It is difficult for us to give you a precise time for the pet’s surgery. This will depend on the type of surgery the pet is having and what other procedures or emergencies are in that day. Some procedures are classed as contaminated, such as dental procedures or infected wounds. These need to be carried out after the cleaner procedures to avoid the risk of contamination. 

In some clinics, we have surgeons operating throughout the day. It may be that if your pet has late or complex surgery, we will keep them in overnight or until late evening, to ensure they are fully recovered before they go home. This will not incur any additional costs. 

We will contact owners once the patient is in recovery, or if we have any concerns. Pets will be offered food on recovery and dogs are taken out to toilet, if appropriate.

In most cases, we will arrange a discharge appointment later the same day for the pet to go home. At this point, we will go through the post-operation details, including medication, exercise, feeding and post-operative checkups. It is important to attend these follow up checks, even if the pet seems fine, to ensure that the recovery goes smoothly.

 

Post operative care at Animal Trust

Post-operative care for pet owners

Your pet will be given discharge instructions detailing the aftercare relating to their specific procedure. Following these instructions is really important to make sure that your pet doesn’t:

  • injure itself
  • have too much or too little medication
  • have avoidable complications
  • damage its wound or sutures

Animals with bandages need to have them carefully monitored to avoid them rubbing, becoming wet or dirty and leading to complications. Your vet team will give advice on how best to manage post-operative care for your pet’s bandages at discharge. 

Owners should monitor any surgical wounds for pain, heat, swelling, redness or discharge that may indicate a problem. You should contact your local Animal Trust clinic if you have any concerns. 

In general, pets will be sent home with pain relief and a buster collar to prevent licking their wound. Licking stitches can cause infection at the wound site and in some cases, opening up of the wound.  

In the first 24 hours post-surgery, pets may be tired and a little subdued following the anaesthetic, we recommend keeping them warm and offering small, tempting meals during this time. Pets will need to be kept quiet for the first 10 days following surgery to reduce the chances of tearing their stitches.

Post-operative vet checkups

Post op care procedures will differ depending on the pet and the care carried out. Soft tissue surgery cases (neuters, abdominal surgery, mass removals) require a post-surgical check around 3 and 10 days following surgery. For routine procedures, this may be carried out as a phone consultation with one of our registered veterinary nurses. More complex procedures may have an in-person consultation with a nurse or vet. Many of our surgeries use absorbable stitches in the skin which do not require removal.  Some operations require non-absorbable stitches in the skin, which will need to be removed after 10-14 days (depending on the procedure). 

Orthopaedic surgery cases often need strict rest for the first 8 weeks, sometimes in a crate. Pets will usually be seen by a nurse or vet for a checkup at 2-3 days, 2 and 8 weeks post-surgery. Follow-up X-rays may be advised at the 8-week stage to confirm healing before pets can start to increase their exercise. The details of post-operation checks, exercise and physiotherapy will depend on the procedure carried out and will be explained in the post-operation instructions you’re given.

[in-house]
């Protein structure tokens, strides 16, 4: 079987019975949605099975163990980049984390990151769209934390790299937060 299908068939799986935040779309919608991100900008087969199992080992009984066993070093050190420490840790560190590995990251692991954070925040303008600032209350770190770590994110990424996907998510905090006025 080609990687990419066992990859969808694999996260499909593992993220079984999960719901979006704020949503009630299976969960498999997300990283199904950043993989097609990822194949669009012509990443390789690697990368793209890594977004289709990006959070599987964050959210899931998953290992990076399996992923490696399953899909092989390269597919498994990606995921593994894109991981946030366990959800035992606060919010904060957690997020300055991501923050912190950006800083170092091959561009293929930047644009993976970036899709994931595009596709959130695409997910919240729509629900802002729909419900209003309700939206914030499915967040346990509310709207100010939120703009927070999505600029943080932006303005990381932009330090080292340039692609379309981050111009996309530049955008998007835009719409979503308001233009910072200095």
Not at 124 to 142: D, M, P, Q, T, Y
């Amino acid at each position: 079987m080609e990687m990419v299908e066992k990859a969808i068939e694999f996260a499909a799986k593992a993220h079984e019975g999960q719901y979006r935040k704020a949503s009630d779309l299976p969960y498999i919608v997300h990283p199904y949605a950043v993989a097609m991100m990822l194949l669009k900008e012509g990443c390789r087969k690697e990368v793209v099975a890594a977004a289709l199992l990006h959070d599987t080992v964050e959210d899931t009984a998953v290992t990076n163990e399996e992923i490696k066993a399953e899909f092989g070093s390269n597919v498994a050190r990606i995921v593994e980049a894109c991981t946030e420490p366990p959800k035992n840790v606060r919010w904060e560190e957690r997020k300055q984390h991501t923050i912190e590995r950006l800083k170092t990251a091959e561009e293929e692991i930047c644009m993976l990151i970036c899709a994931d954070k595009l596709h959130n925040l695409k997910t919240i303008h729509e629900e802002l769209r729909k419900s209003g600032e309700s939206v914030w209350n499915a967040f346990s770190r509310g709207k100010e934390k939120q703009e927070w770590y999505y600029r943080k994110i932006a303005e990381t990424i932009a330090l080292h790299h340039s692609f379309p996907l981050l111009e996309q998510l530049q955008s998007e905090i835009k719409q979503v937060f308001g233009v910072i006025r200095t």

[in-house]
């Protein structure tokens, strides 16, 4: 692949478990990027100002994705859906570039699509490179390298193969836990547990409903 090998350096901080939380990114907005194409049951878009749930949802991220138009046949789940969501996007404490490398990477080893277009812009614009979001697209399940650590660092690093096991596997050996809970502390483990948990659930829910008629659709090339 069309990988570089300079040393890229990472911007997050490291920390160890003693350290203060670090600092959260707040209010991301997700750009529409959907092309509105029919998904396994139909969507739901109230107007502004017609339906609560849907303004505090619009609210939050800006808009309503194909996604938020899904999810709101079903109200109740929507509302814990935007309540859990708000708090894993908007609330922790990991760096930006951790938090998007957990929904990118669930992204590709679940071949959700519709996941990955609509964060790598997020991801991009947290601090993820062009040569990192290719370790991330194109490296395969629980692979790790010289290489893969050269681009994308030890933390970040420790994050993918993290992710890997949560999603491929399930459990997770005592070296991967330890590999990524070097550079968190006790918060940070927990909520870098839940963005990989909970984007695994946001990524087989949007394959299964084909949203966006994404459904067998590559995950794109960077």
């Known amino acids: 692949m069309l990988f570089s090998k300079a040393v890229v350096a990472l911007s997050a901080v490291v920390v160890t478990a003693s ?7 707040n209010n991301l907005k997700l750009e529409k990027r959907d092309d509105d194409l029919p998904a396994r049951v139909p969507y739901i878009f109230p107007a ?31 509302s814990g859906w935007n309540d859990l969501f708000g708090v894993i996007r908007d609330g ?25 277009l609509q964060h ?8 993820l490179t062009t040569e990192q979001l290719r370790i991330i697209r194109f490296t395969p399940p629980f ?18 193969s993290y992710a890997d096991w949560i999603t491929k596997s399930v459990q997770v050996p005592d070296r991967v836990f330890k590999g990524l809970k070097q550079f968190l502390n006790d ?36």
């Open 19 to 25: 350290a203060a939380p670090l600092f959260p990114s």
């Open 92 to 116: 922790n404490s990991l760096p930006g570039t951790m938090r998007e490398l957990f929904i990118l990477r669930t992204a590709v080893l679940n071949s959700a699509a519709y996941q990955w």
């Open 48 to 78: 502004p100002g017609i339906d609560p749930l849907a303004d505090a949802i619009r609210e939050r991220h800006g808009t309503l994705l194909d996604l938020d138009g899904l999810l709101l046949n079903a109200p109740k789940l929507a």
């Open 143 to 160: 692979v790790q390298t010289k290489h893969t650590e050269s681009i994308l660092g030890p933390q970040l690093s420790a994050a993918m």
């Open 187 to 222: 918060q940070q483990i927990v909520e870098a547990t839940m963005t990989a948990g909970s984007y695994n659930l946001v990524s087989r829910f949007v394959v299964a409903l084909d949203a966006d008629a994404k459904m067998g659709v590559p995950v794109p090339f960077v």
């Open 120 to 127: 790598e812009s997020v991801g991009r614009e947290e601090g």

Post-operative checkups and pain relief are included in the price of the procedure, whereas additional medications or post-surgical X-rays would incur further costs. 

Potential pet surgery complications

Any major surgery and all surgical procedures unfortunately have the potential for complications. These complications are dependent on the specific procedure but can potentially include (not limited to): 

  • Swelling of the surgical site
  • Suture reaction
  • Wound breakdown
  • Haemorrhage
  • Infection
  • Anaesthetic risks (including allergic reaction and death)

The possible complications relating to a pet’s particular procedure will be discussed at the admission appointment and/or during the initial veterinary consultation. 

Complications can be serious and the financial and time cost of treating them can be high. At Animal Trust, it is our philosophy to help clients with the veterinary costs of treating a surgical complication over £100 when:

  • The complication is directly related to the initial surgery
  • Or the complication happens shortly after surgery
  • Or when our advice has been followed and the initial treatment was paid in full at the time of treatment

This help with complications is entirely at our discretion. the decision of the vet surgeon and surgical team is final and only applies to treatment at Animal Trust. Further information on our help with complications policy is available in the practice. 

Pet surgery prices and aftercare

As a not for profit vet company, we believe good veterinary medicine and pet healthcare should be accessible to all. That’s why our vet surgery prices are transparent and as affordable as possible. If you’re unsure about affordability or want more information on a specific general surgery service, please get in touch with your local Animal Trust surgery.

Because we know the period after surgical treatment can be stressful for you and your pet, we offer guidance and advice on how to look after your pet after general surgery. Our Pet Care Advice section offers vet-approved information and recommendations on a range of veterinary care topics and is a great resource for pet owners.

Coronavirus Measures in place at Animal Trust

We have put in some new measures for all clients when attending appointments at one of our surgeries. Read more here.